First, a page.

Longitudinal Troponin T Associated With Mortality in Advanced CKD
- This was an observational prospective cohort study of 176 participants aged ≥65 years with an eGFR <20 ml/min/173 m2 not on dialysis who underwent serial cardiac troponin T (cTnT) measurements.
- Higher and increasing levels of cTnT were associated with worse survival.
- Clinical implications are unclear. Determining how that additional prognostic information can help clinical management is the most crucial step in the study of biomarkers.
Are longitudinal changes in cardiac troponin T (cTnT) associated with mortality in patients aged ≥65 years with stage 4-5 chronic kidney disease (CKD)?
The EQUAL (European QUALity) study is an ongoing observational multicenter prospective cohort study in patients with stage 4-5 CKD (estimated glomerular filtration rate [eGFR] <20 ml/min/1.73 m2) who are not on dialysis and who are receiving routine medical care. This study leverages a subcohort of EQUAL, which includes 176 patients recruited by five nephology clinics across Sweden who underwent serial cTnT measurements every 6 months. Patients were followed until kidney transplantation (n = 4), death (n = 60), refusal for further participation (n = 4), loss to follow-up (n = 3), or end of follow-up (n = 105). The primary outcome was all-cause mortality.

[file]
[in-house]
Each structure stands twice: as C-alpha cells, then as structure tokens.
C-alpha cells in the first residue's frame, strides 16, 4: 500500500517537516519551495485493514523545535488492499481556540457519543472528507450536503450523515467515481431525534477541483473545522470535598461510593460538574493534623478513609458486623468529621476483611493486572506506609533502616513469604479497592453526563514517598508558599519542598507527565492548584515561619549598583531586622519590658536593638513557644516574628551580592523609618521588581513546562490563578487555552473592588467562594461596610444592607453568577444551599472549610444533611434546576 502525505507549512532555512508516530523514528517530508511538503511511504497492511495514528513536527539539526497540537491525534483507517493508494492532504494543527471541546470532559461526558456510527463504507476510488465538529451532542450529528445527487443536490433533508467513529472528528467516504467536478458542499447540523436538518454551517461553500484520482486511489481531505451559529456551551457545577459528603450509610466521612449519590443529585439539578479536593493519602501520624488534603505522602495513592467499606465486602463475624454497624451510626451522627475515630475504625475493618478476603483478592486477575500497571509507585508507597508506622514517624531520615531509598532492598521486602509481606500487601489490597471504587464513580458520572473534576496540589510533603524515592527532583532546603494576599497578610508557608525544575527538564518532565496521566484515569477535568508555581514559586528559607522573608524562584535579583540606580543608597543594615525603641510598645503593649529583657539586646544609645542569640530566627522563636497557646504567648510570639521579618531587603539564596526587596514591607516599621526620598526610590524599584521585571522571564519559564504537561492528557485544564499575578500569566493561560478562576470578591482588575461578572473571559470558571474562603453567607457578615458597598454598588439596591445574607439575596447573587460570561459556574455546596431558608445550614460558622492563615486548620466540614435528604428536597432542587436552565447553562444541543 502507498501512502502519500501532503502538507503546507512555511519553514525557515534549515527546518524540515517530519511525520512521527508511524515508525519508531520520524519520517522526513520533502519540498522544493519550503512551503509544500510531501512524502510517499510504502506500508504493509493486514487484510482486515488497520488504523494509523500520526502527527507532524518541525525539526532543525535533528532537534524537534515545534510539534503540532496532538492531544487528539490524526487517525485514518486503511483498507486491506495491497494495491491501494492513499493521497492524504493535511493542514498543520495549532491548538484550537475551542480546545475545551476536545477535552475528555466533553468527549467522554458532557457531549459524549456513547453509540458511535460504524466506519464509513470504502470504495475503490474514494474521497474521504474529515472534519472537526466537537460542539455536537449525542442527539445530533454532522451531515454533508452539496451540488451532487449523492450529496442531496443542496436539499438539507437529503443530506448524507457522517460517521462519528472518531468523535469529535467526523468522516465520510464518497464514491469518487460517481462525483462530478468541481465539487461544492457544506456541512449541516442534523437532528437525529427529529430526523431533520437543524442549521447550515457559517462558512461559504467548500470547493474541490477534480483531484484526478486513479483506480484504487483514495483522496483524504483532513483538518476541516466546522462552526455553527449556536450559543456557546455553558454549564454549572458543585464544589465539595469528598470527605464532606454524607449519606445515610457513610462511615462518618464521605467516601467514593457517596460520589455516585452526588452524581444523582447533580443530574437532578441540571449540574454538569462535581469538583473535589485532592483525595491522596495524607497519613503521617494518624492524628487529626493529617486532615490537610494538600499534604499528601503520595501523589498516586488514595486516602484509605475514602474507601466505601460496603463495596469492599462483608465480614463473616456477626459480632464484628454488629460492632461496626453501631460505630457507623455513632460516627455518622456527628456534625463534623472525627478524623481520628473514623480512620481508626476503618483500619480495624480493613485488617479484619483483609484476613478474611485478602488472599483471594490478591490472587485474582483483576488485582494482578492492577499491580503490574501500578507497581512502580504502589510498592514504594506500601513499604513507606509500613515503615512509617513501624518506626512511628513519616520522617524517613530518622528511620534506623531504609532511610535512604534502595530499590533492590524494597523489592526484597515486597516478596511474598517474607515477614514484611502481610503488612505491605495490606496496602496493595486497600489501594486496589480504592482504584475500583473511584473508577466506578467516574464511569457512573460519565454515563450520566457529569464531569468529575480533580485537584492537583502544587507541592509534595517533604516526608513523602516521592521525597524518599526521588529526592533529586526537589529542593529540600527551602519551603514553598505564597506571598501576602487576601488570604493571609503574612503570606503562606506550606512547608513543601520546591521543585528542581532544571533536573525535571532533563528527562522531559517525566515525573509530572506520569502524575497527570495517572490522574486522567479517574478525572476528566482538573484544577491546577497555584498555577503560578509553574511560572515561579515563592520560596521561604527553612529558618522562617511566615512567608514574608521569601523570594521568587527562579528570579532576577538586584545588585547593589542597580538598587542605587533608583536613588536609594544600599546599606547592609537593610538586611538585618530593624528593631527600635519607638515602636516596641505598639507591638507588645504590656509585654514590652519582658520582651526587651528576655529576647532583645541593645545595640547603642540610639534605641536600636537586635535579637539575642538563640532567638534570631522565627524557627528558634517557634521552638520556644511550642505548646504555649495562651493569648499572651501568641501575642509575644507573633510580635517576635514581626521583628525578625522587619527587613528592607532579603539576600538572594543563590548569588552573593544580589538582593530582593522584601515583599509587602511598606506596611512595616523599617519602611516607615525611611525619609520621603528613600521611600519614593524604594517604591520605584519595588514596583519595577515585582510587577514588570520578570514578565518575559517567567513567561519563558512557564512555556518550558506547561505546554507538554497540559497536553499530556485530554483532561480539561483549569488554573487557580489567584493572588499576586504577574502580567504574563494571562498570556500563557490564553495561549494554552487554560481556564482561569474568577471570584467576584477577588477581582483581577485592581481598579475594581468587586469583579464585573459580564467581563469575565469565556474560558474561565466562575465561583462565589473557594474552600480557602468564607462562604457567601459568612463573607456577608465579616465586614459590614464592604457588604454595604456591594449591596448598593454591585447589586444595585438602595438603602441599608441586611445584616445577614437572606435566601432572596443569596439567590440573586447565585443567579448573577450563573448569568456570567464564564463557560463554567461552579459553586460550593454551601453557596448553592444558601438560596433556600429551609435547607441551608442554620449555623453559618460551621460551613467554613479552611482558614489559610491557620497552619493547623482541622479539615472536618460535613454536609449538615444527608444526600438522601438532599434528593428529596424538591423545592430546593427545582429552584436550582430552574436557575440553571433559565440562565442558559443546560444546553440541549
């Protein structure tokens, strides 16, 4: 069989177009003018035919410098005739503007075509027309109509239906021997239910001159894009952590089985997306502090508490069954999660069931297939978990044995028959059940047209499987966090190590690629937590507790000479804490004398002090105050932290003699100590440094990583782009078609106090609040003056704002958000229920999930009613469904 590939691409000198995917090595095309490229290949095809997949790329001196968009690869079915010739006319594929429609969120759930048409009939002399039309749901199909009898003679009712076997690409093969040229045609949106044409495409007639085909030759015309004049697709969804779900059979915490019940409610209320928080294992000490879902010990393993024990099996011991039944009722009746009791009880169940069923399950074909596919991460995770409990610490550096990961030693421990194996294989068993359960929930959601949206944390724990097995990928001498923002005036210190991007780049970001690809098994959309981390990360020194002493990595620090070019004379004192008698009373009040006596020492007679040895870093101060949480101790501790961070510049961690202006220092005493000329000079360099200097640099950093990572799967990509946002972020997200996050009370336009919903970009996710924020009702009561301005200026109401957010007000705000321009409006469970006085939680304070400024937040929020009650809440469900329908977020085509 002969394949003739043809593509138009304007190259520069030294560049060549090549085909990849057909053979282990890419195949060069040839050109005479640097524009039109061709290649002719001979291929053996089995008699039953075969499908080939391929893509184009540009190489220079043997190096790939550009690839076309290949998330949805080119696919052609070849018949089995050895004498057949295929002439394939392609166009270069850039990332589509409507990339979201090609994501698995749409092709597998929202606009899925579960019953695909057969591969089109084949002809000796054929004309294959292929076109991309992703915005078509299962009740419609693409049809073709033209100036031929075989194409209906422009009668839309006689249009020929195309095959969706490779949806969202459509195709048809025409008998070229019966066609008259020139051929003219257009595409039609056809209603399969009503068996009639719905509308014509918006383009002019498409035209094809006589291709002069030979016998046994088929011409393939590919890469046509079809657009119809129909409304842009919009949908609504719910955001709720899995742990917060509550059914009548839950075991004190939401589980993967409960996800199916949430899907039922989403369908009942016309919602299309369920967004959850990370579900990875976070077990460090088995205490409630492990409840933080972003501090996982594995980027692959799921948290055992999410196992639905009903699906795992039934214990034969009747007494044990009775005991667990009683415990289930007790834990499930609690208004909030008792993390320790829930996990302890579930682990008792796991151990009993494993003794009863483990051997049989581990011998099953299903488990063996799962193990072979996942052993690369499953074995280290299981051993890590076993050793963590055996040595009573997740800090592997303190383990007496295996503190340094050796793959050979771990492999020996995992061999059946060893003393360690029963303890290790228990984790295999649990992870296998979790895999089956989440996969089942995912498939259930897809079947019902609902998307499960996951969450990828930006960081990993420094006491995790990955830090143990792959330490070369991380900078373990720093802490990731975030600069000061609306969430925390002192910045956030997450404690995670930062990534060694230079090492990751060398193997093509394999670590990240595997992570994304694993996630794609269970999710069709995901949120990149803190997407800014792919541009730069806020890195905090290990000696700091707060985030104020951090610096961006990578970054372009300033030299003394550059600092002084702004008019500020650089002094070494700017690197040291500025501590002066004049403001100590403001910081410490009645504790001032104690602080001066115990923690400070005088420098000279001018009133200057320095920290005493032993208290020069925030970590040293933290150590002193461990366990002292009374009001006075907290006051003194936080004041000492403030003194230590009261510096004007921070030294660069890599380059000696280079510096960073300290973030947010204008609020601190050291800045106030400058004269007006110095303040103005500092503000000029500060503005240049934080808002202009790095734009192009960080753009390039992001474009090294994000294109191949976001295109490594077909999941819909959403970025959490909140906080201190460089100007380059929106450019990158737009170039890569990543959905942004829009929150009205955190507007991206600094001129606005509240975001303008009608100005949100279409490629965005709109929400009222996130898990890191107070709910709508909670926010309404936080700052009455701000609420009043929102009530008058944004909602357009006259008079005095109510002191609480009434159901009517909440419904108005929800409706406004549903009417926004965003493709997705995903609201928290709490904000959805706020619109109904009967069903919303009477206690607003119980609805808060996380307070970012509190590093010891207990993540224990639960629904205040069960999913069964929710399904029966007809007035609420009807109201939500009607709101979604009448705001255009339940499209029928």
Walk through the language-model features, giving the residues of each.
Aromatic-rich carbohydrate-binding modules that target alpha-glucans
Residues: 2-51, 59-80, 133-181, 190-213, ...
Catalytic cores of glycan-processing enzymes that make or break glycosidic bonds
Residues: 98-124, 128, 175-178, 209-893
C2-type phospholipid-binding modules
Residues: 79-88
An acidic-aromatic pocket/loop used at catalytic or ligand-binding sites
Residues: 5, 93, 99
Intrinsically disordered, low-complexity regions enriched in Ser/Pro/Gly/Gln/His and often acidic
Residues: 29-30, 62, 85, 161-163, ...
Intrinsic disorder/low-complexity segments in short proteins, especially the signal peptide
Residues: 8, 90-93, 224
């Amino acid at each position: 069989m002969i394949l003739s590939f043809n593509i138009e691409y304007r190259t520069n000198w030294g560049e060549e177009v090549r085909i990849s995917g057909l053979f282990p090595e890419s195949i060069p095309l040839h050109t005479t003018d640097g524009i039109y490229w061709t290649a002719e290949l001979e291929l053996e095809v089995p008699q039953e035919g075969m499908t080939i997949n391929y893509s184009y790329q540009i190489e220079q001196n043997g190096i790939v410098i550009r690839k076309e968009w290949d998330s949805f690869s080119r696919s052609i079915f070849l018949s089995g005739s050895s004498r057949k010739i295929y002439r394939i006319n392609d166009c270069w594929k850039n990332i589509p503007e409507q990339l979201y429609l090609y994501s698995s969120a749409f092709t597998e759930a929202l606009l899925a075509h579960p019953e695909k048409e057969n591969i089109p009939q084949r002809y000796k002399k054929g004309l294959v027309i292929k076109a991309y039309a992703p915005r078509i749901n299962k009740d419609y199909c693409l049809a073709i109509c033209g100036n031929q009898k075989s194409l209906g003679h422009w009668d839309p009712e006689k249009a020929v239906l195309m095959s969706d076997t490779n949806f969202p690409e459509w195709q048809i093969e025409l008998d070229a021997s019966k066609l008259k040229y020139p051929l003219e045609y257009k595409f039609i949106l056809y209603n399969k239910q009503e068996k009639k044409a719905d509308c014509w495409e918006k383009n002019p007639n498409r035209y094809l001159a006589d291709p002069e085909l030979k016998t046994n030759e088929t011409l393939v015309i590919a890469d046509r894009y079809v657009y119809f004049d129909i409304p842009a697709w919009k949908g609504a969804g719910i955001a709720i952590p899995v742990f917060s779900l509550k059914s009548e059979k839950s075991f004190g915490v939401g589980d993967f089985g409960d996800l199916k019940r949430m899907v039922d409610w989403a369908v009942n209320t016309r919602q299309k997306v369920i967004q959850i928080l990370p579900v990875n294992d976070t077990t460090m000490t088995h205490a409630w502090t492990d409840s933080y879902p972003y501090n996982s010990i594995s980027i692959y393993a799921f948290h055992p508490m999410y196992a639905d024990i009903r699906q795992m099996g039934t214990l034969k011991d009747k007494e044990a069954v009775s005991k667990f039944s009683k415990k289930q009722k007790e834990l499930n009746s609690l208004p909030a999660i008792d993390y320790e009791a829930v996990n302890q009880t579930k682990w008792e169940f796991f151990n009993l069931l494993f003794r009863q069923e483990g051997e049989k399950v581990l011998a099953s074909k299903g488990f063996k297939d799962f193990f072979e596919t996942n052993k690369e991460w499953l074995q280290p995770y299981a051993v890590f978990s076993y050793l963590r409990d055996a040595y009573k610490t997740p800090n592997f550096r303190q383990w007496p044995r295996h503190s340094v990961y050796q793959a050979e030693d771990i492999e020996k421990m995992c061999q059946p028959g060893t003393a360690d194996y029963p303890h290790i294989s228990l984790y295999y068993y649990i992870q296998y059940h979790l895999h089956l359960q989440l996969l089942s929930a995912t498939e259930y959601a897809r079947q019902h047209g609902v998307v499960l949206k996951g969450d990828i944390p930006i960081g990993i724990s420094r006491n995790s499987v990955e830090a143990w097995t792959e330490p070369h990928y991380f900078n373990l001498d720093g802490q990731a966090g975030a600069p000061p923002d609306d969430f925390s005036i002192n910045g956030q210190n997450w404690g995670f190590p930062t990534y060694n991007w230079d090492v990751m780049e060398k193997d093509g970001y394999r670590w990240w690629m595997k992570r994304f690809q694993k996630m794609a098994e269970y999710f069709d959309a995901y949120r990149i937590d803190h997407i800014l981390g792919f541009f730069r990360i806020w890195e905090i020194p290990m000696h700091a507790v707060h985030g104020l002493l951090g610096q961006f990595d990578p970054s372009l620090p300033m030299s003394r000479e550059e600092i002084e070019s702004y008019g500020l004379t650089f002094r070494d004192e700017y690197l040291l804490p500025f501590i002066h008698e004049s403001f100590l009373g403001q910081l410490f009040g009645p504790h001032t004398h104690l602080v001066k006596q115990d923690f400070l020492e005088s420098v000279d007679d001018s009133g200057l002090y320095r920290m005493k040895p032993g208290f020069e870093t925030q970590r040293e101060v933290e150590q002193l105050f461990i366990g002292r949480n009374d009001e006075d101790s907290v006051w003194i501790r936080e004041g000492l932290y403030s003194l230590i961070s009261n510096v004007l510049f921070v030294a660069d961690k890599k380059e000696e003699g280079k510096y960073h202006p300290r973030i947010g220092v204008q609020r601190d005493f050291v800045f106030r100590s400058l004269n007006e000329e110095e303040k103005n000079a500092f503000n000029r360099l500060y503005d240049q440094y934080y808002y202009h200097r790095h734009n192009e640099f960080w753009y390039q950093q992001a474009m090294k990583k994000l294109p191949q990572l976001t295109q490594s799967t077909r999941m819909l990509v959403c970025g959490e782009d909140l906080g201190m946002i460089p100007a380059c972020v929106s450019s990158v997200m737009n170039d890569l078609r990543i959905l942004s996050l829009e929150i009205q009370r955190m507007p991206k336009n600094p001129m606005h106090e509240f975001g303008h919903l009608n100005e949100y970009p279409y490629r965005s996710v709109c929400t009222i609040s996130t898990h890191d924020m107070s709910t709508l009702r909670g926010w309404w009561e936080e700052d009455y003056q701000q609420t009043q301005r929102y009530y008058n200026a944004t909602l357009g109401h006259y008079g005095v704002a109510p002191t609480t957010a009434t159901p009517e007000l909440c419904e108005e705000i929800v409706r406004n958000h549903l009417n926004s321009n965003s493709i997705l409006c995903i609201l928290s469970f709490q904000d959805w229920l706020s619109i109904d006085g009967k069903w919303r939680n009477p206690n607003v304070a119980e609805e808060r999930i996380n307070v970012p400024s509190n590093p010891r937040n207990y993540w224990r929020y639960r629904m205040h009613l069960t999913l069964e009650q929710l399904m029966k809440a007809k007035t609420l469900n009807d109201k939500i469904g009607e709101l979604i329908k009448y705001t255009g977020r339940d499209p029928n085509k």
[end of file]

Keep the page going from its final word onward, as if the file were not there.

The mean age of participants in the subcohort was 75 years. Two thirds were men, and the mean eGFR at baseline was 17.6 ml/min/1.73 m2. There was a total of 927 cTnT measurements (median 6 per patient; interquartile range [IQR], 2-8) collected over a median follow-up of 2.4 years (IQR, 0.7-3.5 years). A total of 60 deaths occurred. Patients in the highest cTnT tertile (47-379) had a 9.1-fold (95% confidence interval [CI], 4.1-20.0) higher risk of death compared with those in the lowest cTnT tertile (10-28). Every standard deviation (SD) increase in cTnT, at any time point, was associated with a 3.3-fold increase (95% CI, 2.5-4.6) in mortality risk. The slope of the cTnT trajectory was also associated with increased mortality risk; if the cTnT slope increased by 1 SD, mortality risk would increase 3.2-fold (95% CI, 2.0-6.0). Adjustment for comorbidities had no significant impact on symptoms.
Higher and increasing levels of cTnT are associated with worse survival in people aged ≥65 years with an eGFR <20 ml/min/1.73 m2.
This study highlights that evidence of subclinical myocardial injury, as assessed by high-sensitivity cTnT assays in the absence of an acute indication, is prognostic. While this may not be surprising given the wealth of evidence of troponin and outcomes, the advantages in this study are the systematic serial assessment of troponins and the exclusion of participants suffering from acute kidney injury, thus limiting confounding. Clinical implications are unclear. The authors suggest that measuring troponin could impact decision making; however, they do not elaborate on how. Numerous biomarkers are prognostic. Determining how that additional prognostic information can help clinical management is the most crucial step in the study of biomarkers.
Keywords: Acute Kidney Injury, Biomarkers, Geriatrics, Glomerular Filtration Rate, Kidney Transplantation, Metabolic Syndrome, Primary Prevention, Renal Dialysis, Renal Insufficiency, Chronic, Survival, Troponin T
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